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The histone trimethyllysine demethylase JMJD2A promotes cardiac hypertrophy in response to hypertrophic stimuli in mice.

Authors: Zhang, QJ  Chen, HZ  Wang, L  Liu, DP  Hill, JA  Liu, ZP 
Citation: Zhang QJ, etal., J Clin Invest. 2011 Jun;121(6):2447-56. doi: 10.1172/JCI46277. Epub 2011 May 9.
Pubmed: (View Article at PubMed) PMID:21555854
DOI: Full-text: DOI:10.1172/JCI46277

Cardiac hypertrophy and failure are accompanied by a reprogramming of gene expression that involves transcription factors and chromatin remodeling enzymes. Little is known about the roles of histone methylation and demethylation in this process. To understand the role of JMJD2A, a histone trimethyl demethylase, in cardiac hypertrophy, we generated mouse lines with heart-specific Jmjd2a deletion (hKO) and overexpression (Jmjd2a-Tg). Jmjd2a hKO and Jmjd2a-Tg mice had no overt baseline phenotype, but did demonstrate altered responses to cardiac stresses. While inactivation of Jmjd2a resulted in an attenuated hypertrophic response to transverse aortic constriction-induced (TAC-induced) pressure overload, Jmjd2a-Tg mice displayed exacerbated cardiac hypertrophy. We identified four-and-a-half LIM domains 1 (FHL1), a key component of the mechanotransducer machinery in the heart, as a direct target of JMJD2A. JMJD2A bound to the FHL1 promoter in response to TAC, upregulated FHL1 expression, and downregulated H3K9 trimethylation. Upregulation of FHL1 by JMJD2A was mediated through SRF and myocardin and required its demethylase activity. The expression of JMJD2A was upregulated in human hypertrophic cardiomyopathy patients. Our studies reveal that JMJD2A promotes cardiac hypertrophy under pathological conditions and suggest what we believe to be a novel mechanism for JMJD2A in reprogramming of gene expression involved in cardiac hypertrophy.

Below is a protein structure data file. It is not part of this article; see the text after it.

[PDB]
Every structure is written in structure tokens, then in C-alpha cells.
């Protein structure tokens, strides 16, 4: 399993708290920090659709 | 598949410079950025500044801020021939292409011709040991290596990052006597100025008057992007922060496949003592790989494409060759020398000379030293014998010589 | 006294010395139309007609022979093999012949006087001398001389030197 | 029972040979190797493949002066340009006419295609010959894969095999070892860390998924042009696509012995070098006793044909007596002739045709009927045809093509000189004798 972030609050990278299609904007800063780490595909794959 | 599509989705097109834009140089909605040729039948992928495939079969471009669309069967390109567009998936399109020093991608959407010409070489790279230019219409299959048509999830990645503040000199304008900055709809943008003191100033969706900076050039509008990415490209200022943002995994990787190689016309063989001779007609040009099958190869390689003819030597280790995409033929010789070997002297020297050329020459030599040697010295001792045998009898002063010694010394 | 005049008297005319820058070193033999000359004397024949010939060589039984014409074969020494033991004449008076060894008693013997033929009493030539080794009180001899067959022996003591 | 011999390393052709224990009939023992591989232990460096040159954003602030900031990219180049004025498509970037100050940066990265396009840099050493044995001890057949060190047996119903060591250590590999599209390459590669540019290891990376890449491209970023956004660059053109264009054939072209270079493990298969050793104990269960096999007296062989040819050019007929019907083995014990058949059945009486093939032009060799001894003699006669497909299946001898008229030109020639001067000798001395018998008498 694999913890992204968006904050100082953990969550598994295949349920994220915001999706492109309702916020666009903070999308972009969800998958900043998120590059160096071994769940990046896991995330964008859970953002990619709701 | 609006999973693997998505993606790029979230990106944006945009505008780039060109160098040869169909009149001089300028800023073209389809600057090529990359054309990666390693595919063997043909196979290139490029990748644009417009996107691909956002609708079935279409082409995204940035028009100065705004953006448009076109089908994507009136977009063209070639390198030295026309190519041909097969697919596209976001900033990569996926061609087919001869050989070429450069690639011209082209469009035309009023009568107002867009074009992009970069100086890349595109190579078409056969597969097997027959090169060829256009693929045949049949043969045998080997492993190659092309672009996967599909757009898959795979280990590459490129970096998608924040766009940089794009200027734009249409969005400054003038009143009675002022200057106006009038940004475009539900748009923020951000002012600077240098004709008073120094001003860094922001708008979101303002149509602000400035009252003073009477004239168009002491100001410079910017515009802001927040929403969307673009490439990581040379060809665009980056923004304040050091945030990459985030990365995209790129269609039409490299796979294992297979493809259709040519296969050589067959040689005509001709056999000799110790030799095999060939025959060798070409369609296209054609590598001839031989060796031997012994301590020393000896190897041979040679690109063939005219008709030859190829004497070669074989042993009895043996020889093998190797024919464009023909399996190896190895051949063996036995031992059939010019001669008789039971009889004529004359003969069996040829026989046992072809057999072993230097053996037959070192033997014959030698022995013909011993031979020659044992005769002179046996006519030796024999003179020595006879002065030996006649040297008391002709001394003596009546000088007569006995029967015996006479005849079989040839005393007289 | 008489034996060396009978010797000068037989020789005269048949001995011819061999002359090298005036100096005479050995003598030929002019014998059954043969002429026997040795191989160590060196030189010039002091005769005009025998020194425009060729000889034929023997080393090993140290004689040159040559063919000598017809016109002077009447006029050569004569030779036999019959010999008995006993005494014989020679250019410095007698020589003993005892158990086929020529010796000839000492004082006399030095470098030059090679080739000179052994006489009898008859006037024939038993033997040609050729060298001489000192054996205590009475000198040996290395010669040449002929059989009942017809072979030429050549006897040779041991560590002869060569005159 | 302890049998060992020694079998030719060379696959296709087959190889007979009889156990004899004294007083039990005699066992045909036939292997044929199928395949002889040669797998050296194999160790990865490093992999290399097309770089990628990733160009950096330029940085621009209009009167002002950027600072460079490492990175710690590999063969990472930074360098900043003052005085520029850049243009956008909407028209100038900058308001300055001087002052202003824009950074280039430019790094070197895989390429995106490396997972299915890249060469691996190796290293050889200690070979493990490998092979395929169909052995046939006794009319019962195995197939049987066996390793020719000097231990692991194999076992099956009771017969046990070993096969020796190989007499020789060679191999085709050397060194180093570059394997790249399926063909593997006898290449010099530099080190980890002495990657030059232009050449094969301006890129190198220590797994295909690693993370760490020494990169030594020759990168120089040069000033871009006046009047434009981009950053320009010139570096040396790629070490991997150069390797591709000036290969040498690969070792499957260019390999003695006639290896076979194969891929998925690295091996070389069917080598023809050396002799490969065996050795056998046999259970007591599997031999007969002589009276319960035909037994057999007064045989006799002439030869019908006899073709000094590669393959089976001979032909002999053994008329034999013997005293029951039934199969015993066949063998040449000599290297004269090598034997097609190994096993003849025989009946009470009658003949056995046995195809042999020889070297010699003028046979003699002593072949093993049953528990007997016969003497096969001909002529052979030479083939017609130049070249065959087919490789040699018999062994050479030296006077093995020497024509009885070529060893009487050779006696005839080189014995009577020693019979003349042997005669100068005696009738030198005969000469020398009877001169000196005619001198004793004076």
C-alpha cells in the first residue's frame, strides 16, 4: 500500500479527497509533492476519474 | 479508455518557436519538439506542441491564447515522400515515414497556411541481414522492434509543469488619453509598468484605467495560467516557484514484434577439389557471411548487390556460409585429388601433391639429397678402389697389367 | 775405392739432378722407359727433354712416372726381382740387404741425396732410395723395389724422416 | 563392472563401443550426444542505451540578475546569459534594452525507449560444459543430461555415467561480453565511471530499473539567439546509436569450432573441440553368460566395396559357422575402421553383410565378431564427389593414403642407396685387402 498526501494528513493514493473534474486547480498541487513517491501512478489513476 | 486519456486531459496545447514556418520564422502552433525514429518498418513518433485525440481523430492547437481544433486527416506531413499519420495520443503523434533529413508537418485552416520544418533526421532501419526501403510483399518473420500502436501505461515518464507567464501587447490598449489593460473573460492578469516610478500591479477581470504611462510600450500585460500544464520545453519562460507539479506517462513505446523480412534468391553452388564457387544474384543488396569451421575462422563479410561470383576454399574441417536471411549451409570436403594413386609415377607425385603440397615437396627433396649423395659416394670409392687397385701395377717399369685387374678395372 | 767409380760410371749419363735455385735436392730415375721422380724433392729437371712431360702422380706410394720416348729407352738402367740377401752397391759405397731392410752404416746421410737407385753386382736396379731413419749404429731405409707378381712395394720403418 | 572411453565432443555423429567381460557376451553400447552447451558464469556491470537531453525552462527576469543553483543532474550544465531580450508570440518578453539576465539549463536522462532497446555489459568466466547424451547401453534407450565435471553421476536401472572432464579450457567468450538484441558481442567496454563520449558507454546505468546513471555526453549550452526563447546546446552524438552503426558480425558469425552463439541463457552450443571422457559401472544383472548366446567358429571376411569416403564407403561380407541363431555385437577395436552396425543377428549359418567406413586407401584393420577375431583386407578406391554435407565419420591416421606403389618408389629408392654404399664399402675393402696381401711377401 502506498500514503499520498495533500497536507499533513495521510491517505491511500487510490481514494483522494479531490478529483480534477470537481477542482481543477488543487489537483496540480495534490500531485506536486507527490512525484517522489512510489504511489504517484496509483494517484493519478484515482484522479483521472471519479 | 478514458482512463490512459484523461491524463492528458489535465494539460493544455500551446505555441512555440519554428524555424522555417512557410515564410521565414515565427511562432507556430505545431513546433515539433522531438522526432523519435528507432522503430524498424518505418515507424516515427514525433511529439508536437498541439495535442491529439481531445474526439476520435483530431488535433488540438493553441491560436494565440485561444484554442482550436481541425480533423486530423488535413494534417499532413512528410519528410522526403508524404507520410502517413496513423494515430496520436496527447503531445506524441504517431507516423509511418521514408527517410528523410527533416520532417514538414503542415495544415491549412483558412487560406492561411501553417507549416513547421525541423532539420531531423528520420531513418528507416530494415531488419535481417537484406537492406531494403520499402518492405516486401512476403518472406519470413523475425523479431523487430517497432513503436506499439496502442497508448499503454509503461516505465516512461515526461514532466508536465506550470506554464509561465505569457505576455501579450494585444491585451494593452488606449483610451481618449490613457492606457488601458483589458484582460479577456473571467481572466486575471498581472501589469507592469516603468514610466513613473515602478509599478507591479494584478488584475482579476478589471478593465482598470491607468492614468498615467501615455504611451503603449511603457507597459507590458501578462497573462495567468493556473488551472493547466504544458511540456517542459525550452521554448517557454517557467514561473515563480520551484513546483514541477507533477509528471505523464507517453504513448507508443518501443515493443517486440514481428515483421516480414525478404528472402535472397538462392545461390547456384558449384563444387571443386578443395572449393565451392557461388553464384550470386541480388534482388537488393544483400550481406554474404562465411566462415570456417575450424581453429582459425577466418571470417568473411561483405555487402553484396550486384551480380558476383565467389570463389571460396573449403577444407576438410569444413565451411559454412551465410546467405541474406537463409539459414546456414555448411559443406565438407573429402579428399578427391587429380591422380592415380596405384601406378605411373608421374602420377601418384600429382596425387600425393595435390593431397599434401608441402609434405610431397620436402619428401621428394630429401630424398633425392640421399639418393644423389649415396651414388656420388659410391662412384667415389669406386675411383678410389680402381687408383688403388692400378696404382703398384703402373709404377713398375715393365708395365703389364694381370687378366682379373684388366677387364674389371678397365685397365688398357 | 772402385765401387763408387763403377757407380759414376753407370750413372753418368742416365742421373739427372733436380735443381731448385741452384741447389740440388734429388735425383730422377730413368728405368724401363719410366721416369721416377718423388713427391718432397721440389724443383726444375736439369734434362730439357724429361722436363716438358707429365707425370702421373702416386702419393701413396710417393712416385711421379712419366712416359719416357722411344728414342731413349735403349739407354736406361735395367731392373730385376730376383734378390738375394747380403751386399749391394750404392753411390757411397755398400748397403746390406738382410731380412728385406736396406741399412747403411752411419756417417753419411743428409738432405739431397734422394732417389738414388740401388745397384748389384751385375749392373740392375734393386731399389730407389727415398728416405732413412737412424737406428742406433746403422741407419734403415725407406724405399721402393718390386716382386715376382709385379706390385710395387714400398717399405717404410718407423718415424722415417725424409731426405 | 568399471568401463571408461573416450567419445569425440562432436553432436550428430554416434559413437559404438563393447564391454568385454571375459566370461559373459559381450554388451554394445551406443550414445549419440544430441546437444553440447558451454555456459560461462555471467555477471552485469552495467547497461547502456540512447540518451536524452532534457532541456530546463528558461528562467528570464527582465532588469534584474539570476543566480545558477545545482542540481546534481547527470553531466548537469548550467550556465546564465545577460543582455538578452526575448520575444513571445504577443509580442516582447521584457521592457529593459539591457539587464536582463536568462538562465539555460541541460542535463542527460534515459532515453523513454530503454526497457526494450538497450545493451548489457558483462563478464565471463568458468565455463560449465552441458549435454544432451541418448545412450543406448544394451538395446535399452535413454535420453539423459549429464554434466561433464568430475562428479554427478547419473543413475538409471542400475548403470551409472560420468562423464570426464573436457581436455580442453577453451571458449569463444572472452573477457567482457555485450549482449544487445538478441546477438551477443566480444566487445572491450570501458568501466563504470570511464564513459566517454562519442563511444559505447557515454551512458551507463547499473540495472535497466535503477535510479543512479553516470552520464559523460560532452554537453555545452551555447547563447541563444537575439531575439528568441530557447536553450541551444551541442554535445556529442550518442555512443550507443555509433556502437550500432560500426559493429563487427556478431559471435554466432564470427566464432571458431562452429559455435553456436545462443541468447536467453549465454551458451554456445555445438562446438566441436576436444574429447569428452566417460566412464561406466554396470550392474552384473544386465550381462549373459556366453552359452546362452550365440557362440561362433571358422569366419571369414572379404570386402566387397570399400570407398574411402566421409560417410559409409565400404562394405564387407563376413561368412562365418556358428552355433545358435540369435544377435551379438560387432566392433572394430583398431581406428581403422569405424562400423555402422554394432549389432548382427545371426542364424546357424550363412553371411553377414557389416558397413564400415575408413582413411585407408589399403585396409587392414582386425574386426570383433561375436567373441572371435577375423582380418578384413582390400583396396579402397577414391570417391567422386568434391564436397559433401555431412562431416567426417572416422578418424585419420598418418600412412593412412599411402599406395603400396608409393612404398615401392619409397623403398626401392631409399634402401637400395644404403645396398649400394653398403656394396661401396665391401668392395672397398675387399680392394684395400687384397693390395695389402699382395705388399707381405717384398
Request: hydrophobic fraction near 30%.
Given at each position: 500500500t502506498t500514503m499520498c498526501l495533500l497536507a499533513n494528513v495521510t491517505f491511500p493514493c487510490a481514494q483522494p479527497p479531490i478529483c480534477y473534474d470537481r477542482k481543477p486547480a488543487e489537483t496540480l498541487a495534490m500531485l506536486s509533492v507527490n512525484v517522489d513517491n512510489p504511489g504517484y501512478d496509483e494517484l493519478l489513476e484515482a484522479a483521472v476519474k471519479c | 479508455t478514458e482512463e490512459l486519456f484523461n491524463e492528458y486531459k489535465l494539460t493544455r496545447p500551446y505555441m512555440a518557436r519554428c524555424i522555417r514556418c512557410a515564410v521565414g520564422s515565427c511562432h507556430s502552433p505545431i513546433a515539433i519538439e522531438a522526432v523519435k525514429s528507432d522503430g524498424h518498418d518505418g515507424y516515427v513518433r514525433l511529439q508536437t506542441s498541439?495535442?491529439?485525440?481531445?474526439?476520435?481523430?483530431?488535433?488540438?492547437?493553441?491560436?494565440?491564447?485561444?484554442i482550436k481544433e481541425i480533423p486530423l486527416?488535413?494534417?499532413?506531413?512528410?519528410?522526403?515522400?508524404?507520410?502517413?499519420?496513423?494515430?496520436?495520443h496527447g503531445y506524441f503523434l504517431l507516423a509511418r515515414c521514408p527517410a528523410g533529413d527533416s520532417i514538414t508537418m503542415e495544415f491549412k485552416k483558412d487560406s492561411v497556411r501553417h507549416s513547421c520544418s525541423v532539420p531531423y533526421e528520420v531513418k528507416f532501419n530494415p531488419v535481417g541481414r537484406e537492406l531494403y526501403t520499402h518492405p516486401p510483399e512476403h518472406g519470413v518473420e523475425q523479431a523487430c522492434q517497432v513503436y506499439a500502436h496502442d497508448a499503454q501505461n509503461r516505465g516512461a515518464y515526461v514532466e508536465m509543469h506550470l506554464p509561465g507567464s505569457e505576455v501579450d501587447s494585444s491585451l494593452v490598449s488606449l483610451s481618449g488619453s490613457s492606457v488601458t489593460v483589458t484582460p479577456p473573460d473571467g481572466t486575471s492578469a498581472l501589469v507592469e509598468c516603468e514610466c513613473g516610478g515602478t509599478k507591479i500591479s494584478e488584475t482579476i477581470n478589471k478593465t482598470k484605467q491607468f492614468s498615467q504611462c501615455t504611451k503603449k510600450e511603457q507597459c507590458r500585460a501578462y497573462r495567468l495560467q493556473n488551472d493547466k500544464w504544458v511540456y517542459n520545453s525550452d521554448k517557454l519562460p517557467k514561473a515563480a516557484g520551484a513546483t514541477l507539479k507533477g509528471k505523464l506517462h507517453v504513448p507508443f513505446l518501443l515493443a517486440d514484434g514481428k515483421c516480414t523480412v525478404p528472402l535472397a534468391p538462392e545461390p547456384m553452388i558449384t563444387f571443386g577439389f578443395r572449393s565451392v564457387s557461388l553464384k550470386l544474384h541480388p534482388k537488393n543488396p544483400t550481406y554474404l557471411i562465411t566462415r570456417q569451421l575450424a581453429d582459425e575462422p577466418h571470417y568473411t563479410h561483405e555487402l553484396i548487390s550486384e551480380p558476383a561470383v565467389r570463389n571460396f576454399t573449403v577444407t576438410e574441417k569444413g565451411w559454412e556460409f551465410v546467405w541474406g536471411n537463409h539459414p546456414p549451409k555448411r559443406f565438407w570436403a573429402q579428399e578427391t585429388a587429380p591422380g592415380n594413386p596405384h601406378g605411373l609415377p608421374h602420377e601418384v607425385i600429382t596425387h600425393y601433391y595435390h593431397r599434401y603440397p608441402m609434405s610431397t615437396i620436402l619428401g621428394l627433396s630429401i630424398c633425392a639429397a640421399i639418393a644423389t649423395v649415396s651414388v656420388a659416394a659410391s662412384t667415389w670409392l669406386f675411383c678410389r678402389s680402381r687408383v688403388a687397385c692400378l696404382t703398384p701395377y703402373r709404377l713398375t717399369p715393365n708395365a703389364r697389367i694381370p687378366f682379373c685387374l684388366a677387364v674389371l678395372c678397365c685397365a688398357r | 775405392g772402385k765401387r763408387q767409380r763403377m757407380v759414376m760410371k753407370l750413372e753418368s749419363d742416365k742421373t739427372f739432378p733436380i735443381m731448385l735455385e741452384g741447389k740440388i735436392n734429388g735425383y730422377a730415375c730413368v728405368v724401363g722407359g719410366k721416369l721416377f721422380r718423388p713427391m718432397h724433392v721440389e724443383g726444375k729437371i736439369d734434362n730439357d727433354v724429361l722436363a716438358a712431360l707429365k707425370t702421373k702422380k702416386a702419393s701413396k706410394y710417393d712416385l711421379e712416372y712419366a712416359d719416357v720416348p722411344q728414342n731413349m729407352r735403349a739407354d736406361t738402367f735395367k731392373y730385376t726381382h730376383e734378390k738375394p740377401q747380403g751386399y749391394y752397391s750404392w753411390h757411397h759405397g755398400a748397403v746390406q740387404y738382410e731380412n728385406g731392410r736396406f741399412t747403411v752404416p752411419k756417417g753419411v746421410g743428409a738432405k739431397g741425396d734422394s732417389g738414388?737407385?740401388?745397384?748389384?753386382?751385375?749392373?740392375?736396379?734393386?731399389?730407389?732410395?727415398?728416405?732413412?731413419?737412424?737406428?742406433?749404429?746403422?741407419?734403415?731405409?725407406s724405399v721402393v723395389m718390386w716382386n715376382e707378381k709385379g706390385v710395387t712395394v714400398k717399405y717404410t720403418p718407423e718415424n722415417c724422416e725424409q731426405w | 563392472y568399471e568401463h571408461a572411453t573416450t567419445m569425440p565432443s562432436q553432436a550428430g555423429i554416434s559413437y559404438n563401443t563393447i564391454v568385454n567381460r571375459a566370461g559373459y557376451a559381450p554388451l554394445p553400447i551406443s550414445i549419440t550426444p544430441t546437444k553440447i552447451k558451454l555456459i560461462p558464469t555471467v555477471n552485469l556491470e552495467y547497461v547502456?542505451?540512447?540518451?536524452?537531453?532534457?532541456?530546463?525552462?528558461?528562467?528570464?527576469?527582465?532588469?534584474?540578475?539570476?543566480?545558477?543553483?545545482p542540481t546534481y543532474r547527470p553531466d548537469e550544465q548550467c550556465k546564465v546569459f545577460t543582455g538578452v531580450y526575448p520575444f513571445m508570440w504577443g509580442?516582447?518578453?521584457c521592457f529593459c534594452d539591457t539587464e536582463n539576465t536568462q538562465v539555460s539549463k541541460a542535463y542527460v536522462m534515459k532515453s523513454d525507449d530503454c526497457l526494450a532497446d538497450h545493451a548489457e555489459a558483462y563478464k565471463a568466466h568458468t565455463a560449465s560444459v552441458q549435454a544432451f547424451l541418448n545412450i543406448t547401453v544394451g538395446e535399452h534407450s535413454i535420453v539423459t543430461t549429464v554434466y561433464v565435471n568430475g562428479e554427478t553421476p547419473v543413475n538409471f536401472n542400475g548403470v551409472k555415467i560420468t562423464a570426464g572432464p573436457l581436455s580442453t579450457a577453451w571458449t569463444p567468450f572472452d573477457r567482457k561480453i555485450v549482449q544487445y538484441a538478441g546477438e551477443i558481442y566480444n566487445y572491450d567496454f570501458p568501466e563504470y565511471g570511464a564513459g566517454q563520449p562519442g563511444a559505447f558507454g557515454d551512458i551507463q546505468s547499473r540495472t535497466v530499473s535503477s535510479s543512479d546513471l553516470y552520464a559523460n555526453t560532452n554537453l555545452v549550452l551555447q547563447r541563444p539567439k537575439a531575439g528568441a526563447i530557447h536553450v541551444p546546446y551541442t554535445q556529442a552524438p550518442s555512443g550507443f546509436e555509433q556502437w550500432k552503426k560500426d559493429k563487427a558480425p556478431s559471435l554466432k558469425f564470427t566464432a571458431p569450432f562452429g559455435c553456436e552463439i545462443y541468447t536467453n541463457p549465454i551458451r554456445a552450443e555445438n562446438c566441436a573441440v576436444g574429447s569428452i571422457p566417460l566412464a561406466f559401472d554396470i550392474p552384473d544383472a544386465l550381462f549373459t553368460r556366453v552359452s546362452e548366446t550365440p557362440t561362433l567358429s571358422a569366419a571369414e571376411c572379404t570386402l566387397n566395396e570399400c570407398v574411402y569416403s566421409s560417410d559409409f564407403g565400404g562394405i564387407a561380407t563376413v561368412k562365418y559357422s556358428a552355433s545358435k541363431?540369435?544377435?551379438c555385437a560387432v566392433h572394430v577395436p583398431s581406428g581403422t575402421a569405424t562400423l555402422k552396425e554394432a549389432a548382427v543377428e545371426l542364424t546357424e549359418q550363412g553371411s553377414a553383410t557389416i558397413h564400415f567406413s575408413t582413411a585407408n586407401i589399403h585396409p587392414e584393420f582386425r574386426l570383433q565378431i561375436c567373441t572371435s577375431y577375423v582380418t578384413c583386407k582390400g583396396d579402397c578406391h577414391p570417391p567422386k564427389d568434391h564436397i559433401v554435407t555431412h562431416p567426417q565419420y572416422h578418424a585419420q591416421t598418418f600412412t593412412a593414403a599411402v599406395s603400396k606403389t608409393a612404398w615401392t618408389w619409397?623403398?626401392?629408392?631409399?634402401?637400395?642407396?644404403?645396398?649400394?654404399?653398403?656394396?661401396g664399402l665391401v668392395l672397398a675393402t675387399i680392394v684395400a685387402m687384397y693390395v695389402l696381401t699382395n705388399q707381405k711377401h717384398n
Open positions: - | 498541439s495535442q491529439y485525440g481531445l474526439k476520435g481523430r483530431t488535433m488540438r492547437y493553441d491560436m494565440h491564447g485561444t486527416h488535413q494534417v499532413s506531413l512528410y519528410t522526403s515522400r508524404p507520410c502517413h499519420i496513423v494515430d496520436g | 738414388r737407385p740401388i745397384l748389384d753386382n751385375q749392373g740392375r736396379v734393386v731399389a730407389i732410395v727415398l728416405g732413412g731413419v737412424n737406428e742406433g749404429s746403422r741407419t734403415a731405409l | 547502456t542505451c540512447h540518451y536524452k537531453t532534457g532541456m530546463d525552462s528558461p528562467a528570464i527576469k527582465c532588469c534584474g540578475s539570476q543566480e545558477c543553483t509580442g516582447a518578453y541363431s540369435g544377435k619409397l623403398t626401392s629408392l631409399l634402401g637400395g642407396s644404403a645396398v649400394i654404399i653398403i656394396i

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CRRD Object Information
CRRD ID: 9587422
Created: 2014-10-08
Species: All species
Last Modified: 2014-10-08
Status: ACTIVE



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RGD is funded by grant HL64541 from the National Heart, Lung, and Blood Institute on behalf of the NIH.